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Channel Islands National Park  


Introduction

Park History

Ventura Harbor

Santa Barbara Channel

Transportation

Anacapa Landing

Anacapa Coast

Anacapa Surface

Anacapa Trails

Lighthouse

Anacapa Buildings

Inspiration Point

Arch Rock

Middle Anacapa

West Anacapa

Santa Cruz Island

Prisoner's Harbor

Scorpion Anchorage

Santa Cruz Views

Santa Cruz Trails

Cavern Point

Scorpion Ranch

Plants

Animals

Birds

References



Channel Islands National Park is one of four parks in the national park system, which also include Isle Royale, Dry Tortugas, and Virgin Islands, located entirely on islands. Channel Islands National Park is comprised of 5 islands off the coast of southern California, the northern 4 in the Santa Barbara Channel. The islands feature rocky shores, sea caves, mountains, canyons, and a landscape reminiscent of historical California. The islands feature a number of archaeological sites as well as animals and 70 different plants which are endemic to the islands.





The four northern islands of Channel Islands National Park are Anacapa, comprised of three islets parts of which are shown below, Santa Cruz, Santa Rosa, and San Miguel. These islands are located 11 miles or more off the California coast in the vicinity of Ventura, where the visitor center is located, and Oxnard. Further to the south is the small island of Santa Barbara. Three additional Channel Islands--Santa Catalina, San Clemente, and San Nicholas--all in the south, are not part of Channel Islands National Park.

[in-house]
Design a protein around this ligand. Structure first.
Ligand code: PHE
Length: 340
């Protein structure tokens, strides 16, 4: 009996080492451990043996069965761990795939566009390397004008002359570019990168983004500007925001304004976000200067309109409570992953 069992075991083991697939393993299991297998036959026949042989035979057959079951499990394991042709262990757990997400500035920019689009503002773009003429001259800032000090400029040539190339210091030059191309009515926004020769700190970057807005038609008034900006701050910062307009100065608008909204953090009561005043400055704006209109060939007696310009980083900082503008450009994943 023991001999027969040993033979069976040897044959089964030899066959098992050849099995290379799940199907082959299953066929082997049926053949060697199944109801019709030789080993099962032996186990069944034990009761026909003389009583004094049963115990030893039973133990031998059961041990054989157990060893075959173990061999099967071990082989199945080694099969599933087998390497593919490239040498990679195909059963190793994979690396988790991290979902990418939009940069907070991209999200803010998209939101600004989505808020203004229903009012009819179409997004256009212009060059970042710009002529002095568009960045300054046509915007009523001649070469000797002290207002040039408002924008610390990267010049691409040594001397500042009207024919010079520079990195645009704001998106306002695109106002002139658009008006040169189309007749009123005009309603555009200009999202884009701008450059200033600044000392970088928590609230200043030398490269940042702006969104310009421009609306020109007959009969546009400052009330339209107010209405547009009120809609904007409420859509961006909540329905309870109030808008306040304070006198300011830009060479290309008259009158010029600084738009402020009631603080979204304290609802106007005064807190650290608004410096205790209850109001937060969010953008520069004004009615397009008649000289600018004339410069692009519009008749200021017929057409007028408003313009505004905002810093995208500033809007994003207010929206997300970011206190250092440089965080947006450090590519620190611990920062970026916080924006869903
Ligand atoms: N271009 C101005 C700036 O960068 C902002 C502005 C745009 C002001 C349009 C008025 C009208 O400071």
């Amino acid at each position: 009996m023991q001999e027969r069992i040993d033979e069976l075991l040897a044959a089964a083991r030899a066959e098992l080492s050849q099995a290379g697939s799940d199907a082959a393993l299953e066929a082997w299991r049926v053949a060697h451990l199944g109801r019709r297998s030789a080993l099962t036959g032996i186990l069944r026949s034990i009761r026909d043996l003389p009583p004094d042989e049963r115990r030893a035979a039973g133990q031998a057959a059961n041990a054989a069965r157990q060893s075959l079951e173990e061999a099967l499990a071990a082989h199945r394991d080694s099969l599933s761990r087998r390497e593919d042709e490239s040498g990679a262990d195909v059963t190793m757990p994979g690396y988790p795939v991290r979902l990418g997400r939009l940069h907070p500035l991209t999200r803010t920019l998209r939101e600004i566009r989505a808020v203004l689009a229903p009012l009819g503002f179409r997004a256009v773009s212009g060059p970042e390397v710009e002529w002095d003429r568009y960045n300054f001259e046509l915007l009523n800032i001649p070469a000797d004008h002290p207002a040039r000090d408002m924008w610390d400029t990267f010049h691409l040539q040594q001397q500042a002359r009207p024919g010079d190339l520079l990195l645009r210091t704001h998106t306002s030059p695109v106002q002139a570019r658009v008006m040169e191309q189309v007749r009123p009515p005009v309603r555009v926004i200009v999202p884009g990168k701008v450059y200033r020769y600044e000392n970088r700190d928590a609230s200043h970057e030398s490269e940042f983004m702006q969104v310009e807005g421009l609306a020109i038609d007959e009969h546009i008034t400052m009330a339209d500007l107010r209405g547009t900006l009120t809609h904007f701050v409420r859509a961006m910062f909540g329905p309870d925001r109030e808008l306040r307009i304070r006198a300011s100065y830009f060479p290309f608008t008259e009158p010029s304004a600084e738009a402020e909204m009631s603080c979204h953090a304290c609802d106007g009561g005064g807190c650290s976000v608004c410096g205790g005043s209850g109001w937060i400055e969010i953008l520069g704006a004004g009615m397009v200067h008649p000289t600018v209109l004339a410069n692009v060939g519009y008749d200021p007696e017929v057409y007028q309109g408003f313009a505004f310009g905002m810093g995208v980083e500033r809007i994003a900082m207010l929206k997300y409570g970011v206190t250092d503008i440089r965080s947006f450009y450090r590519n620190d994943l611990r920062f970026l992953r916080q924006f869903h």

The nation's 40th national park was created on March 5, 1980. It includes 248,515 acres of land, and also includes 1,252 square nautical miles of ocean off the coastlines of the islands. The islands themselves range considerably in size. The largest island, Santa Cruz (shown below), covers 60,000 acres or 96 square miles. Santa Rosa is next largest at 53,000 acres or 84 square miles, stretching about 15 miles in length and 10 miles wide. San Miguel, the westernmost island, is 9,325 acres and 14 square miles, 8 miles long and 4 miles wide, lying about 26 miles from the mainland. The three parts of Anacapa Island together are about 1.1 square miles total. Santa Barbara Island, in the south, is only about 640 acres, a single square mile.



In addition to the land sections of the park, the islands are surrounded by the Channel Island National Marine Sanctuary. The picture below shows a portion of the sanctuary on the north side of Santa Cruz Island.



Life in the waters around the islands is very rich. Currents which flow around the islands are unusual, and bring life forms which typically exist as far away as 1000 miles north and south of this area. In fact, the richness and variety of life forms in this area rivals others like the Galapagos, the Great Barrier Reef, and the Carribean.



Channel Islands National Park is one of the least visited of the parks in the National Park System. This is due, of course, to the difficulty of reaching the islands. However, at the current time transportation to any of the Channel Islands in the park can be easily arranged. Visitors can arrange for day or partial day trips, or for overnight trips of one or multiple nights.